From the time that a small band of colonists arrived in Jamestown in the spring of 1607, many thousands of Europeans came to the colony. Coins circulated in Virginia but only in small quantities while tobacco was the established standard of exchange.
During June of 1630 the General Court at Jamestown passed an order that the manufacture of salt from sea water should be begun again. The sun was used for evaporation instead of the former method of artificial heat.
It was common to make linen cloth for napkins to be used at the dinner table but this practice did not really get going until after the Act of 1693 when a statute offered a reward for the encouragement of linen production. The inventories of estates listed linen napkins. Source: Hening's Statutes, vol. III, p. 135.
The Virginia Company planned a manufacture of linen in Jamestown, of any quality. Between 1612 and 1646 they had attempted to promote the cultivation of flax to the Governors of Virginia. So in 1646 the General Assembly decided to erect two houses at Jamestown for this purpose. They were to be built of substantial timber and were to be forty feet in length, twenty feet width, and eight in pitch. The roofs were to be covered with boards properly sawed and in the centre of each house, brick chimneys were to be placed. Each house was to be divided into rooms by convenient partitions. The different counties were required to furnish two children, male or female, of the age of eight or seven years, whose parents were too poor to educate them, and to be instructed in the art of carding, knitting and spinning. It is unknown whether this law was observed. Source: Hening's Statutes, vol. I, p. 336.
The Virginia Company decided to advance one-fourth of the amount required in the glass-making enterprise of Capt. Norton. Fifty acres were to be allowed for every person sent over by the private adventurers. A roll was drawn at which the proposition was broached, and received signatures of the proposed investors. Having this means in securing the fund needed for the equipment of himself and his followers for the glass enterprise and to meet the charges of the ocean passave, Capt. Norton, his family and all the workingmen set sail for Virginia. He erected a glass furnace. Unfortunately, Capt. Norton died and the Treasurer, Sir Sandys, who was appointed to take his place, came in charge of the works but soon met with disappointment when he was unable to obtain the proper variety of sand. On one occasion, Sands sent a shallop to the Falls for a supply, but none was found. Later, he found the correct quality of sand at Cape Henry. The difficulty was not only in the proper sand but also with the Italian crew. Sandys angrily said "that a more damned crew hell never vomited". The Italians were anxious to return to Europe and in order to effect their release, not only proceeded so slowly in their work as to accomplish little, but cracked the furnace by striking it with a crowbar. The 1624-1625 census listed only two of the four Italians sent in 1621 residing on Treasurer's lands, Bernardo Vicenso.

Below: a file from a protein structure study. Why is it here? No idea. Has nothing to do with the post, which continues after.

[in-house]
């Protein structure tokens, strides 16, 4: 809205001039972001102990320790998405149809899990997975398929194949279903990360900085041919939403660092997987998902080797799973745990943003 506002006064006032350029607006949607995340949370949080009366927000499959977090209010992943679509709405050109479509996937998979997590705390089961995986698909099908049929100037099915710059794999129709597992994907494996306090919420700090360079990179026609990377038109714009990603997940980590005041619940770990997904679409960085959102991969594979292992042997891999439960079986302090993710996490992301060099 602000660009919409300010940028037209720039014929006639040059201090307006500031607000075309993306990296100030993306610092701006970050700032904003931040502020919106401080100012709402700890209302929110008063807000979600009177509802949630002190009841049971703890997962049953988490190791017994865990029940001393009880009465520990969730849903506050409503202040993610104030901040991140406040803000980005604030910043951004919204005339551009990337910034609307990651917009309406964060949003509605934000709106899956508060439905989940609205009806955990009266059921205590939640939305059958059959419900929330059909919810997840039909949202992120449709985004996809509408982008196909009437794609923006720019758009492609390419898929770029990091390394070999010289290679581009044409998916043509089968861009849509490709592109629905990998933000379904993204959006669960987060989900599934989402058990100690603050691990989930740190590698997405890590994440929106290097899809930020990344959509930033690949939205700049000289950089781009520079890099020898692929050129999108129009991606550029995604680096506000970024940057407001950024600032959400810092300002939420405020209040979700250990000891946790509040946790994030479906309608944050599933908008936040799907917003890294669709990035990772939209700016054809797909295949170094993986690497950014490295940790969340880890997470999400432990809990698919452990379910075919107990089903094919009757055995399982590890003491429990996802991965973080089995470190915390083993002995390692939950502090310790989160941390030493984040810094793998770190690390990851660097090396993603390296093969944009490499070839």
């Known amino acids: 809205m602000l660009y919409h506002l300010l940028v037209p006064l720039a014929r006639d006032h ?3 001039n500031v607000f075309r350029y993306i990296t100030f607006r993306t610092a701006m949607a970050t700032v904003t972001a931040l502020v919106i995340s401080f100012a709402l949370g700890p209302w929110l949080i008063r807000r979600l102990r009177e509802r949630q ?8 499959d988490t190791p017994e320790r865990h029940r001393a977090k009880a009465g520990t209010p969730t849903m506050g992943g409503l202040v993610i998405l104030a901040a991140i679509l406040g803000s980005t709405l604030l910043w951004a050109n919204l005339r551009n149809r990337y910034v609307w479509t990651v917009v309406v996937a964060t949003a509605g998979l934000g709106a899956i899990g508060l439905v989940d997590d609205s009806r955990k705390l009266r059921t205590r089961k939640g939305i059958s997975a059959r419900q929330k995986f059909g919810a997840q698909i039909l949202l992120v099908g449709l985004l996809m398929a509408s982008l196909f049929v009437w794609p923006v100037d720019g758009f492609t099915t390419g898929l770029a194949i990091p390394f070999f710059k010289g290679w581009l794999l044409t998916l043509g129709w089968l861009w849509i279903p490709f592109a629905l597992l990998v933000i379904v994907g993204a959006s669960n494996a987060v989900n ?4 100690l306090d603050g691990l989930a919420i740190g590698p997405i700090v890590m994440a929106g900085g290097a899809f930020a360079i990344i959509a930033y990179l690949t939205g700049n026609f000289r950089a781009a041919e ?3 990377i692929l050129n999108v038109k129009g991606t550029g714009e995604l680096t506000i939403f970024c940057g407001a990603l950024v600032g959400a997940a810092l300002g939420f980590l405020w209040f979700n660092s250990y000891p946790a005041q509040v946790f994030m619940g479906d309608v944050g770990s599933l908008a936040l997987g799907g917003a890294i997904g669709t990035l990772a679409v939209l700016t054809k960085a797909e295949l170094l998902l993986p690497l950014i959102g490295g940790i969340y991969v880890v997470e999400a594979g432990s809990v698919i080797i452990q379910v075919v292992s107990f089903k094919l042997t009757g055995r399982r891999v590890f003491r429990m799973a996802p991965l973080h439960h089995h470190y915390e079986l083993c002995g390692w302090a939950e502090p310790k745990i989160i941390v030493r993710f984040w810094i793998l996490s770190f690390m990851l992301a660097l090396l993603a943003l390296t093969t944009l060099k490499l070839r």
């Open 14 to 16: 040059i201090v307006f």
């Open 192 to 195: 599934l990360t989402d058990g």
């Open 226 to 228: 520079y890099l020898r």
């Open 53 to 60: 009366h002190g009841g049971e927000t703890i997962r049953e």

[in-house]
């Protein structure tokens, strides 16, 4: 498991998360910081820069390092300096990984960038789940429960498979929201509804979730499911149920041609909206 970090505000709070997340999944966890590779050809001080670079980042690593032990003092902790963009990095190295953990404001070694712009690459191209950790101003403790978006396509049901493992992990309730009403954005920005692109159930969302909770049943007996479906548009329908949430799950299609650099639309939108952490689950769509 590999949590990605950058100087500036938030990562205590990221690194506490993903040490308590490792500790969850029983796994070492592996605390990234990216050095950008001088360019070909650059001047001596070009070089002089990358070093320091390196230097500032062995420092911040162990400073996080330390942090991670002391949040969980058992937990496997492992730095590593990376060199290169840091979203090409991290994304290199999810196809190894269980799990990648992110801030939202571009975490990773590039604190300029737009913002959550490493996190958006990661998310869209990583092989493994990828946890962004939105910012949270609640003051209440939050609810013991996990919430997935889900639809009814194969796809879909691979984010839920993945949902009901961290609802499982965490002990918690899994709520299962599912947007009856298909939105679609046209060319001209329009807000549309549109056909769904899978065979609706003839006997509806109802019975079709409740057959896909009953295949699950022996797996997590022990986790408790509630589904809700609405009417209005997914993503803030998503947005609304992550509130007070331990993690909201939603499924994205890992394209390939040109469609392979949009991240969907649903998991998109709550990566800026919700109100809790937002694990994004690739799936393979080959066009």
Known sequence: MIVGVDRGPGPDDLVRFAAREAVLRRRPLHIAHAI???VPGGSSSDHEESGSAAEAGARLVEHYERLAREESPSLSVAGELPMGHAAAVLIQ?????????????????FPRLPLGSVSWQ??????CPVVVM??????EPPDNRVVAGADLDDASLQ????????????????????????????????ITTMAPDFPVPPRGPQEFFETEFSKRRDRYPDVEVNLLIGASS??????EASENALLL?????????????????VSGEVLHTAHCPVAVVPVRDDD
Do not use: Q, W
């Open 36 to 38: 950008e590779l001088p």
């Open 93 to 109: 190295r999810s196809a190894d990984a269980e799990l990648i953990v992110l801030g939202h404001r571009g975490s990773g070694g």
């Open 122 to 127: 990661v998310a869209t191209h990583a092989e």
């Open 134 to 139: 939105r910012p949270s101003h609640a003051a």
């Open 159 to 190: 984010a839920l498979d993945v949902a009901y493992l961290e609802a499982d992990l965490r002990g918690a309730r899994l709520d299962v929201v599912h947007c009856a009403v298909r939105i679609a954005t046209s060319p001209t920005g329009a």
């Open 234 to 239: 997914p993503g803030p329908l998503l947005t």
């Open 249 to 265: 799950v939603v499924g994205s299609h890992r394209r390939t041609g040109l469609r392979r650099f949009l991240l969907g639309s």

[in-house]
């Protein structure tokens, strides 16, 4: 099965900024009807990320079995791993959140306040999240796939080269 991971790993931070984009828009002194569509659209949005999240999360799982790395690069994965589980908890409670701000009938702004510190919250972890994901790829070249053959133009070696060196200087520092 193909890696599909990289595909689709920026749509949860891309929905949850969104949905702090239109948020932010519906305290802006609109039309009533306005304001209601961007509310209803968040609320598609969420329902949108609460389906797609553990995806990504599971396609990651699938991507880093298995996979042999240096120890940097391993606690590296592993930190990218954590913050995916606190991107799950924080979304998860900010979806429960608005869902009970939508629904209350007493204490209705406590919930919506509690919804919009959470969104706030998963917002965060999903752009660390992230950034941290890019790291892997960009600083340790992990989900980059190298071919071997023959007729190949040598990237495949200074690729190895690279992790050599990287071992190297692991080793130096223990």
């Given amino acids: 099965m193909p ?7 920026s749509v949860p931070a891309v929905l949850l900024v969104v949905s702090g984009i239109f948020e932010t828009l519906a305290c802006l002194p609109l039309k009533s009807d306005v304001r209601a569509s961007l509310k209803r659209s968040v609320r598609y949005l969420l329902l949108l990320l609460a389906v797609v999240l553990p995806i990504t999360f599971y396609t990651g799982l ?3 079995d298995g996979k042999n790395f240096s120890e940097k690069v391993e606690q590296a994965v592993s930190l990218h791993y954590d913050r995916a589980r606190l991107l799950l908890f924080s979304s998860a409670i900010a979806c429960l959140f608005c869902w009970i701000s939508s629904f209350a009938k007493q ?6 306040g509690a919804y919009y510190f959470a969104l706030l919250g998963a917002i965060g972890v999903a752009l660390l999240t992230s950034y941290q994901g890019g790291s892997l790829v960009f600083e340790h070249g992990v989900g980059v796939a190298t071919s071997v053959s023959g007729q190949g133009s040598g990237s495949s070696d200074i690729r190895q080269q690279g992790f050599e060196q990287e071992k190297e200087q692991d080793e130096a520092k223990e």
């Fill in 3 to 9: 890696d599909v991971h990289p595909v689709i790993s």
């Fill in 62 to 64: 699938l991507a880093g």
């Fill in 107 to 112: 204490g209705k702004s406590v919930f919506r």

Source: Muster of the Inhabitants of Virginia 1624-1625.
The first glass-making in the colony was at the behest of Capt. John Smith, during the fall of 1608 when a number of Dutch and Poles, onboard in the second Supply ship of Capt. Newport, were sent to give their try at glass-making. A glass-house was erected about a mile from Jamestown. Some specimans of glass was produced under the supervision of Capt. John Smith and when he returned to England, he carried specimans with him in his cargo. After Capt. Smith left the colony, nothing more was heard of glass manufacture in Virginia until 1621, when an effort was made to re-establish it on a permanent footing. In 1621, the Virginia Company entered into a contract with Capt. William Norton, who had decided to emigrate to the colony with his family and who agreed to carry over with him four Italians skilled in glass-making and also two servants, the expense of transporting 6 persons to be borne by him, while the Company was to furnish their general equipment. Within three months of his arrival, Capt. Norton was required to erect a house for the manufacture of every variety of glass. Source: Works of Capt. John Smith, p. 441.